By: E. G. Radcliff
Genre: Young Adult Fantasy
Publisher: Mythic Prairie Books
WARNING: There will be spoilers for the Hidden King & The Last Prince
In The Wild Court, the final installment of the The Coming of Áed Series, E. G. Radcliff has once again crafted the beautiful, touching, and moving story of Áed, along with an action-packed venture into the world of the fae. Looking back over the three books, the sequencing is magnificent. The Hidden King speaks of Áed’s human side as he copes with the loss of his beloved Ninian, and becomes King. In the Last Prince, Ninian’s story and his relationship with Áed unfold into their poignant love story, their adoption of Ronan, all amidst the brutality of the Maze. The Wild Court finally delves into Áed’s half fae side. The three books reveal all sides Áed, coming together to complete the story of this beautiful and brilliant character. Ninian was not forgotten and even though it has been seven years from The Hidden King to the Wild Court, Áed will always love Ninian. I found myself tearing up every time he was mentioned.
The Wild Court is just that-a wild ride from beginning to end. E. G. Radcliff takes us back into Áed’s world and completes his story arc in such a loving way. Áed is a gentle soul, but he will fight fiercely for his kingdom and those he loves. As the veil between the world of humans and fae thin on the eve of the Autumn Festival, the fae enter Áed’s world. They bring with them war-a war that at the outset appears to be fae hunting other fae. When it is over, Áed knows he must protect his kingdom from further attacks by entering the realm of the fae. It is a side of him he has kept secret to all but Ronan and Boudicca. Even his closest friend and trusted council, Éamon, does not know. There is a fear of the fae in the human world, so Áed has guarded this secret carefully. Venturing into a realm where part of him belongs, begins to reveal all that he has tried so hard to hide. The realm of the fae is ruled by magic and different “courts”. The lower court magic is not as strong as the high court of the Queen. She wages war until they will return her consort to her. However, as the story progresses, we see a much larger plan that the Queen has for the two realms. It is up to Áed, Éamon, Ronan and the fae they ally with to stop her. Ms. Radcliff wrote very impressive battle scenes that were realistically written and appropriate for a young adult reader. The Wild Court is a page turning adventure, while completing for the reader Áed’s story, seeing Ronan grow and come of age, and finally, an acceptance of the past and finding peace. The action is so well written and paced, and interspersed with character development. I absolutely loved The Coming of Áed. I will miss these characters, especially Áed. I feel like I know him and went through all his pain, his happiness and adventures. Ultimately, for me, it was a story of family and love, and no matter what, love is love. I look forward to reading more of Ms. Radcliff’s work.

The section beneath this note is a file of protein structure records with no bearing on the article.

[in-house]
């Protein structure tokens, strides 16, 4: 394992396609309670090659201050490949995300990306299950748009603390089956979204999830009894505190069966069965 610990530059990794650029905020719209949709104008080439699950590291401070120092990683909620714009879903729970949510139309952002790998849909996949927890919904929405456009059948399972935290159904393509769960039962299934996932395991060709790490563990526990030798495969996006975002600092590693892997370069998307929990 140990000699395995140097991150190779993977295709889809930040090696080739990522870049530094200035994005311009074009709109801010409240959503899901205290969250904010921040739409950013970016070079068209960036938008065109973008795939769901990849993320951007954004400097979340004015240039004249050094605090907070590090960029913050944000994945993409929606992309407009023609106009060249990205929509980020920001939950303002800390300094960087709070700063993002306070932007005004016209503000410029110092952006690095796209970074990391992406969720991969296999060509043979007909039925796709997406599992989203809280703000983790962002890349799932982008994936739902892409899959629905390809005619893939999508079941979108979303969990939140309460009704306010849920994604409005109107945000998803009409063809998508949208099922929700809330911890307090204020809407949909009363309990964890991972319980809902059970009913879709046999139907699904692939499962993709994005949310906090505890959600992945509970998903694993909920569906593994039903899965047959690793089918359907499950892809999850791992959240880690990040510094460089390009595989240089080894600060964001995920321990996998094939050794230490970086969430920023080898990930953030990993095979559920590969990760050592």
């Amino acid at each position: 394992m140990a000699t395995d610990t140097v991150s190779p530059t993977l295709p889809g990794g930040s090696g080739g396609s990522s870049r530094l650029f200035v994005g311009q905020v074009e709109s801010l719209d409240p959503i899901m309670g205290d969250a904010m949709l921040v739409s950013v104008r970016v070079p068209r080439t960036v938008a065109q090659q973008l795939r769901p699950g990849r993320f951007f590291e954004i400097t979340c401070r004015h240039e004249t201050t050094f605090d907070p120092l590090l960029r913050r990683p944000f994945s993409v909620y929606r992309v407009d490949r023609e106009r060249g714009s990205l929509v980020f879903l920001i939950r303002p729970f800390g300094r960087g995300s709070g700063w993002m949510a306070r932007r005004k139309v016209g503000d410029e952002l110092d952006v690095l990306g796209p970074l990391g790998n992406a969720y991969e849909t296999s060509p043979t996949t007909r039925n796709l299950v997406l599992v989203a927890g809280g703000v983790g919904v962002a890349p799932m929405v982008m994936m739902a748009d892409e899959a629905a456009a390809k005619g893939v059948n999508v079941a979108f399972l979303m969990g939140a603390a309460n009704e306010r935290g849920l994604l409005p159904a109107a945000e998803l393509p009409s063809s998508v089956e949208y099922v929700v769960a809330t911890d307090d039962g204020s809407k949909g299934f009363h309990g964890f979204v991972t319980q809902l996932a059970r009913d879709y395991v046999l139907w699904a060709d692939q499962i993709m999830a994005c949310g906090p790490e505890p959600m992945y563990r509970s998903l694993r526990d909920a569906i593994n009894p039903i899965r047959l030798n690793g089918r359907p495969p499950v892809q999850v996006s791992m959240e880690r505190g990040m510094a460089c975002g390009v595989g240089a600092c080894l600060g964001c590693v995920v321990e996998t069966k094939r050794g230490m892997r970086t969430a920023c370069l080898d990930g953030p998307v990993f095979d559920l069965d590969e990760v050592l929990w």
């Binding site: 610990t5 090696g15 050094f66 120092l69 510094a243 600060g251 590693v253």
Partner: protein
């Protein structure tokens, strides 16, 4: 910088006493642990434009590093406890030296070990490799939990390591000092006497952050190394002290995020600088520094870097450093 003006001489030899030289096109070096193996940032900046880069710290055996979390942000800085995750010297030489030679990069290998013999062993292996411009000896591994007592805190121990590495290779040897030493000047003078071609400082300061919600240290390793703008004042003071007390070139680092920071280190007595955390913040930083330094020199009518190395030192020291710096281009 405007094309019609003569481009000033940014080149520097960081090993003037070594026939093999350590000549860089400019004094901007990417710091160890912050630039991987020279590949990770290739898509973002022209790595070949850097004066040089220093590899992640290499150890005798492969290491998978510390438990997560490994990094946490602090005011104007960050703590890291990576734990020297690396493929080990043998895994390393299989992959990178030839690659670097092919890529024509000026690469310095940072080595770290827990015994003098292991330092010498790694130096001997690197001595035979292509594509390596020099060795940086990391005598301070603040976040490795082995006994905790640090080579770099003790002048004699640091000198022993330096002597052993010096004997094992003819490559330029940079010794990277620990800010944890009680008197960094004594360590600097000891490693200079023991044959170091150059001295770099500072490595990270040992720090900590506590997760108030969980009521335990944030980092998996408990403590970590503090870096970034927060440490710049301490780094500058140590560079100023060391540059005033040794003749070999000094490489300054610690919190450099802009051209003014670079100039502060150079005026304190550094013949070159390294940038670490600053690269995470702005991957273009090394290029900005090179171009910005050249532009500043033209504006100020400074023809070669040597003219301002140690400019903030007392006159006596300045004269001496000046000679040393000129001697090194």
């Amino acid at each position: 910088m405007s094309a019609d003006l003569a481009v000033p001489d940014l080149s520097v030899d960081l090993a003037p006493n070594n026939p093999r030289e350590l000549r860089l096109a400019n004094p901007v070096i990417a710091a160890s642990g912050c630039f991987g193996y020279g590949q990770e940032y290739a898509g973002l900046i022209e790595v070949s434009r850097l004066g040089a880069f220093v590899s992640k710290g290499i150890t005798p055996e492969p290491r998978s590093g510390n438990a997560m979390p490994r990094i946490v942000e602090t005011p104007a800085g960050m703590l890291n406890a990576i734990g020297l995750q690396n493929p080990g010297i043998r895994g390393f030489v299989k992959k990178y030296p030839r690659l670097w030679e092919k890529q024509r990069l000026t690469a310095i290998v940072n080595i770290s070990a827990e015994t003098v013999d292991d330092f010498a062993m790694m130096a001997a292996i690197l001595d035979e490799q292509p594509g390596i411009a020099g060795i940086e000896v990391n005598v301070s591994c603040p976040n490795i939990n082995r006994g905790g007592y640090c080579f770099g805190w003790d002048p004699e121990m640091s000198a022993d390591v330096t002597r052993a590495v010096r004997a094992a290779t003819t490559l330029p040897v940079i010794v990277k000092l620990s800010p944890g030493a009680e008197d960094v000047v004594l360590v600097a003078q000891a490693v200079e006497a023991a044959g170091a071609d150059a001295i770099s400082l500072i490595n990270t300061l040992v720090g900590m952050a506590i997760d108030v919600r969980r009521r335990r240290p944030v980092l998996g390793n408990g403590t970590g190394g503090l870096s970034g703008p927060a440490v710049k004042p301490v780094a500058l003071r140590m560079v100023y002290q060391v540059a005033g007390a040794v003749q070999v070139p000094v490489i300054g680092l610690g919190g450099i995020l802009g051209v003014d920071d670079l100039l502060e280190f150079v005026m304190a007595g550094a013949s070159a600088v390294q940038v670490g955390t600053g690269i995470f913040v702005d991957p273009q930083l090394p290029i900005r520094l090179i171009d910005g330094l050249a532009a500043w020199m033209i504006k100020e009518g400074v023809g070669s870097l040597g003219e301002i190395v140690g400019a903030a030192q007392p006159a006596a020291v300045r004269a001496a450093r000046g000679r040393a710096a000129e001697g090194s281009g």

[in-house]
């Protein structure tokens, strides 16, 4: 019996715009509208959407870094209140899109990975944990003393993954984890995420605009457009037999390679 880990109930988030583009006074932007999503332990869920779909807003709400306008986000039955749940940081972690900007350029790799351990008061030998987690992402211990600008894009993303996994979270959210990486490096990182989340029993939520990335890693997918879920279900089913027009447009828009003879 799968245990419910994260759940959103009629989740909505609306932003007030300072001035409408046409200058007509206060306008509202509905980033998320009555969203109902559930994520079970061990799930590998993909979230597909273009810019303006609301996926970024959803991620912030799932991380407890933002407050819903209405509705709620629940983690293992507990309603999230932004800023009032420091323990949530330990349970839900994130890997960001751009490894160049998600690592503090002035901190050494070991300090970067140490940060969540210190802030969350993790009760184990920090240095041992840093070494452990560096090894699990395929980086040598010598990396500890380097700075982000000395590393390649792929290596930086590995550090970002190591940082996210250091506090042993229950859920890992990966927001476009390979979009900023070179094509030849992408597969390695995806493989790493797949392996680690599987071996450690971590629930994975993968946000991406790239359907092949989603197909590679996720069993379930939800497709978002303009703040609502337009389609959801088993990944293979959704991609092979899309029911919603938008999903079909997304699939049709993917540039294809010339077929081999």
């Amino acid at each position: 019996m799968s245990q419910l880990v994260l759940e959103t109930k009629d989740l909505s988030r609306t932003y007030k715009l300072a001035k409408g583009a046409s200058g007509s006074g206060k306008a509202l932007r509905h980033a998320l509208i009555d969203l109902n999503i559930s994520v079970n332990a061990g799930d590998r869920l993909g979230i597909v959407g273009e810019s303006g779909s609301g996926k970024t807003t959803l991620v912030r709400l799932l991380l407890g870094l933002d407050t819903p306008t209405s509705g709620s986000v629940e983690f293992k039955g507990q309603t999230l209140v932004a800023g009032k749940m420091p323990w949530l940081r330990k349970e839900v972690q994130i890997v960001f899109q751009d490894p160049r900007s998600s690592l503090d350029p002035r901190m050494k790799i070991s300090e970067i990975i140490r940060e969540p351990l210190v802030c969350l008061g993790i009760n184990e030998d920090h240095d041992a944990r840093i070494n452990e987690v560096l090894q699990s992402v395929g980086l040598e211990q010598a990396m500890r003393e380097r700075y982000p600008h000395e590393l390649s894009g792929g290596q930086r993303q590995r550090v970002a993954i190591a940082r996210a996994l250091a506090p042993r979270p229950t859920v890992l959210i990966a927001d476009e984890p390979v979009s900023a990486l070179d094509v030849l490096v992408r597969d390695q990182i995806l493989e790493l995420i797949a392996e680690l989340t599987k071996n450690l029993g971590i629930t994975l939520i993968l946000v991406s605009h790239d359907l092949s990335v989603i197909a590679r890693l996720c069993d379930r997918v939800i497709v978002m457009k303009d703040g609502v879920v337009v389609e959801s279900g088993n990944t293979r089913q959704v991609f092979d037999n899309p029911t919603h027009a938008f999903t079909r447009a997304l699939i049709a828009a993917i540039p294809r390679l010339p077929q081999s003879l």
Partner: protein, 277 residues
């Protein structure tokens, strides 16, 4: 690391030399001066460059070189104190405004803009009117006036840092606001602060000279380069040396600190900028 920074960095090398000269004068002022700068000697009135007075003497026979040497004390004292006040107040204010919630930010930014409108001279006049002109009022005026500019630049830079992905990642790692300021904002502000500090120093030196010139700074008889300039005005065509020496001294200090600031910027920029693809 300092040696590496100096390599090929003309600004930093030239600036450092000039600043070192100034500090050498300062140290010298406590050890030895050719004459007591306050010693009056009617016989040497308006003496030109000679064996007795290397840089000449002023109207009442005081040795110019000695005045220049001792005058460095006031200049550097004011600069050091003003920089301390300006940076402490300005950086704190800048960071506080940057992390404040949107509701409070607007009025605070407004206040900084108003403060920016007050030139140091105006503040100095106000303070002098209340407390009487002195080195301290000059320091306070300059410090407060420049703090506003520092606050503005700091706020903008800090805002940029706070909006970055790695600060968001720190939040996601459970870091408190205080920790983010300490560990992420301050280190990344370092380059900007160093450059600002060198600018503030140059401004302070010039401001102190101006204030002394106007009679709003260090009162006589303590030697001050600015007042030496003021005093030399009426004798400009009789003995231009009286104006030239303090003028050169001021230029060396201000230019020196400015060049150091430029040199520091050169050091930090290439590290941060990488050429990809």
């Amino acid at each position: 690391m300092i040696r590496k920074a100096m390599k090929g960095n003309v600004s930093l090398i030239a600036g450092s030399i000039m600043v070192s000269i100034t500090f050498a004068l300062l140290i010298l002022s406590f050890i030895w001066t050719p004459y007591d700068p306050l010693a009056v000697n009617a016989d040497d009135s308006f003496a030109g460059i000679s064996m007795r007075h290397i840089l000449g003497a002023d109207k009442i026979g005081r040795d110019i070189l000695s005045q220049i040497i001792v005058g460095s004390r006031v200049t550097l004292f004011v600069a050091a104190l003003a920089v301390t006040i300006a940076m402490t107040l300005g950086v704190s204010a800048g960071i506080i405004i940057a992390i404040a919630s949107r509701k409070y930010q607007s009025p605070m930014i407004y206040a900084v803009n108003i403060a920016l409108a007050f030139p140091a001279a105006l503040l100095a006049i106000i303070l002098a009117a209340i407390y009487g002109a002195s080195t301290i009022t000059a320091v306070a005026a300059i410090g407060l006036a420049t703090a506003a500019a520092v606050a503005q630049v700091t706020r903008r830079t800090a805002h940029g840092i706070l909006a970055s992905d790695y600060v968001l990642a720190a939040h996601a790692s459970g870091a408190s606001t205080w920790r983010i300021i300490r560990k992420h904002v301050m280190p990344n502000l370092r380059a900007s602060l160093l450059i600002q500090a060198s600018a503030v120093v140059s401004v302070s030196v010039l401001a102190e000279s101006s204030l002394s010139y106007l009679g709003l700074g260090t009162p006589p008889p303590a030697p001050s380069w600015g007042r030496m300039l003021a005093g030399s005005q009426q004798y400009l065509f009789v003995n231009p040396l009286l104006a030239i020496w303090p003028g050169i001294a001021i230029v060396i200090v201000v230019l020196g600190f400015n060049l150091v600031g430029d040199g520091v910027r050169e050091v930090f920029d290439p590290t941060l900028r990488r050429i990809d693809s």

Summary (from Goodreads)
It’s the seventh year of Áed’s reign. While Ronan, full of restless wanderlust, dreams of a world outside the protective walls of the palace, and Éamon, Áed’s closest friend, struggles quietly with his growing feelings for the King, the world of The Gut is at peace.
Until on one cold, autumn festival night, faerie and human worlds collide. With the calm of the kingdom suddenly ablaze, Áed, Eamon, and Ronan find themselves catapulted into a realm as unfamiliar as it is dangerous, where magic is king and wild courts vie for supremacy.
As a tenuous alliance raises questions about Áed’s connection to the mysterious Bone Court, and with a manipulative queen’s missing consort holding the key to life and death, survival hinges on cunning as much as illusion.
In this otherworldly war, only one thing is certain: no one will survive unscathed.
World Building & Magic
Ms. Radcliff always impresses me with her world building. The creation of the brutality of the Maze in contrast to the pristine beauty of the White City, drove home the vast differences between the two. The descriptions of both the people and the two cities were vividly brought to life.
In The Wild Court, we get to immerse ourselves in another unique world, that of the fae. When Áed, Éamon and Ronan cross the veil, the enter a very different world where magic rules. It is so well-written; the reader crosses the veil with them. It is a world controlled by different lower courts of fae, each with their own leader. Each court guards their territory fiercely, and there is fighting between the courts. Not only is the Queen of all the fae, the highest court, at war with them to find her consort, Áed discovers in-fighting between the lower courts. One court they stay with before the rest of the journey is the Bone Court. It is here we find much about Áed’s fae half side. They also find allies willing to accompany them to find the consort, who apparently is not in one of the lower courts. This world is alive with magical creatures, dangerous plants, unique cities, and fae magic. There is also intrigue, deception, family bonds, and love. While humans may fear the fae, it is clear that underneath, they are not as different as they think.